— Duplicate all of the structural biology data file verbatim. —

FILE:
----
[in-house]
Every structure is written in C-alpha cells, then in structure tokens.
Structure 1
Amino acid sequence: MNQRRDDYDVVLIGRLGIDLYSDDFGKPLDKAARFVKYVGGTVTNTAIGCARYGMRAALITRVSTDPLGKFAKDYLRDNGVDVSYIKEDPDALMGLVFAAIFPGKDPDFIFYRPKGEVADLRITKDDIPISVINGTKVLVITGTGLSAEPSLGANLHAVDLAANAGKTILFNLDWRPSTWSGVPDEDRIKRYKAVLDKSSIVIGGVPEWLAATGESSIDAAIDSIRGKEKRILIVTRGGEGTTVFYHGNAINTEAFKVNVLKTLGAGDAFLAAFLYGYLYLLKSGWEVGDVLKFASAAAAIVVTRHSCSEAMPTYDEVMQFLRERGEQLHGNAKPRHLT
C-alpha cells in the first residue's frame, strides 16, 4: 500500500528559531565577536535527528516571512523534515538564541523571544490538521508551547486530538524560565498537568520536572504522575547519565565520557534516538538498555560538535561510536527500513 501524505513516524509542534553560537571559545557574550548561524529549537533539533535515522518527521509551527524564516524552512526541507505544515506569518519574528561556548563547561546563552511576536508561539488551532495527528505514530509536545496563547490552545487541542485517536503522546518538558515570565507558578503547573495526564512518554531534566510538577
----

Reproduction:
[in-house]
Every structure is written in C-alpha cells, then in structure tokens.
Structure 1
Amino acid sequence: MNQRRDDYDVVLIGRLGIDLYSDDFGKPLDKAARFVKYVGGTVTNTAIGCARYGMRAALITRVSTDPLGKFAKDYLRDNGVDVSYIKEDPDALMGLVFAAIFPGKDPDFIFYRPKGEVADLRITKDDIPISVINGTKVLVITGTGLSAEPSLGANLHAVDLAANAGKTILFNLDWRPSTWSGVPDEDRIKRYKAVLDKSSIVIGGVPEWLAATGESSIDAAIDSIRGKEKRILIVTRGGEGTTVFYHGNAINTEAFKVNVLKTLGAGDAFLAAFLYGYLYLLKSGWEVGDVLKFASAAAAIVVTRHSCSEAMPTYDEVMQFLRERGEQLHGNAKPRHLT
C-alpha cells in the first residue's frame, strides 16, 4: 500500500528559531565577536535527528516571512523534515538564541523571544490538521508551547486530538524560565498537568520536572504522575547519565565520557534516538538498555560538535561510536527500513 501524505513516524509542534553560537571559545557574550548561524529549537533539533535515522518527521509551527524564516524552512526541507505544515506569518519574528561556548563547561546563552511576536508561539488551532495527528505514530509536545496563547490552545487541542485517536503522546518538558515570565507558578503547573495526564512518554531534566510538577